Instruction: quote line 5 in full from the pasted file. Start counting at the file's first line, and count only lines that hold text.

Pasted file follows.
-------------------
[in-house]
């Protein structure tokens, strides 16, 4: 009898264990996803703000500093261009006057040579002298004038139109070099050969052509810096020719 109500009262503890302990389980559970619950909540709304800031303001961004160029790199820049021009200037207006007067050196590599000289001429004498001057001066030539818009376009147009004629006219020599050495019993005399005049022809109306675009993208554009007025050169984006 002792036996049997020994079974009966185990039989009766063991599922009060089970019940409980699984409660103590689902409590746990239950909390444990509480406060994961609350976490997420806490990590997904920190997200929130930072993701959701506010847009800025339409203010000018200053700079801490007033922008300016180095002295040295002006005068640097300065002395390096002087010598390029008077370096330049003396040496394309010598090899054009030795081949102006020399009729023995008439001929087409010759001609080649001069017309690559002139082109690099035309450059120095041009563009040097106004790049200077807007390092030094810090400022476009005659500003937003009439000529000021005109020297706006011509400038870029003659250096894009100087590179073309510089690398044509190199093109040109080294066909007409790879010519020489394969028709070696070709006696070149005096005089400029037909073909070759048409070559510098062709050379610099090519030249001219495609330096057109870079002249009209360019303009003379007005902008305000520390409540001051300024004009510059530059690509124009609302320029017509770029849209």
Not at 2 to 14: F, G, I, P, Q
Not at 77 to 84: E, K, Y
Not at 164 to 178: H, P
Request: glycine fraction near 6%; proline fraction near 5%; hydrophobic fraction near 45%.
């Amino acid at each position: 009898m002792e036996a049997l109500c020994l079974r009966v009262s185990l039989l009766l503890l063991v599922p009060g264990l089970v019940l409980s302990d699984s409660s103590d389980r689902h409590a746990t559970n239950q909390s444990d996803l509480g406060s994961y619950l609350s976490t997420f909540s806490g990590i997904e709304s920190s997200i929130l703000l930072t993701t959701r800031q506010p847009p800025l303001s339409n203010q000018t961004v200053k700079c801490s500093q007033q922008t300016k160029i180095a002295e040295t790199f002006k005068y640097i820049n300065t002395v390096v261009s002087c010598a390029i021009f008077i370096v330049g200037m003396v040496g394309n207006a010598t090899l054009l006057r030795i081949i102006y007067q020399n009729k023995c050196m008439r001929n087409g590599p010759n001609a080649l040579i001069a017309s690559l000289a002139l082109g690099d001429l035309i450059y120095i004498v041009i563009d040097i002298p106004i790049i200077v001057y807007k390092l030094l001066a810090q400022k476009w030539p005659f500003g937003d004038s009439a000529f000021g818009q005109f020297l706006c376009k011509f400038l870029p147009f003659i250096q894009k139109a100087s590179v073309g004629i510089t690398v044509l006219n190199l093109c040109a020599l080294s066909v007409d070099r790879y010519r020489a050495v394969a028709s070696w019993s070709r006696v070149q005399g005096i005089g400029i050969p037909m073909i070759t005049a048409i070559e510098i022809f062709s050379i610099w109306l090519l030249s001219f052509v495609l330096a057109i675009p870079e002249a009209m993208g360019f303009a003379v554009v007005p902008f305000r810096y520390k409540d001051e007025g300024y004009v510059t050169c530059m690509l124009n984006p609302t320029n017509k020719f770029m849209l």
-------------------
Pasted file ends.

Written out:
Not at 164 to 178: H, P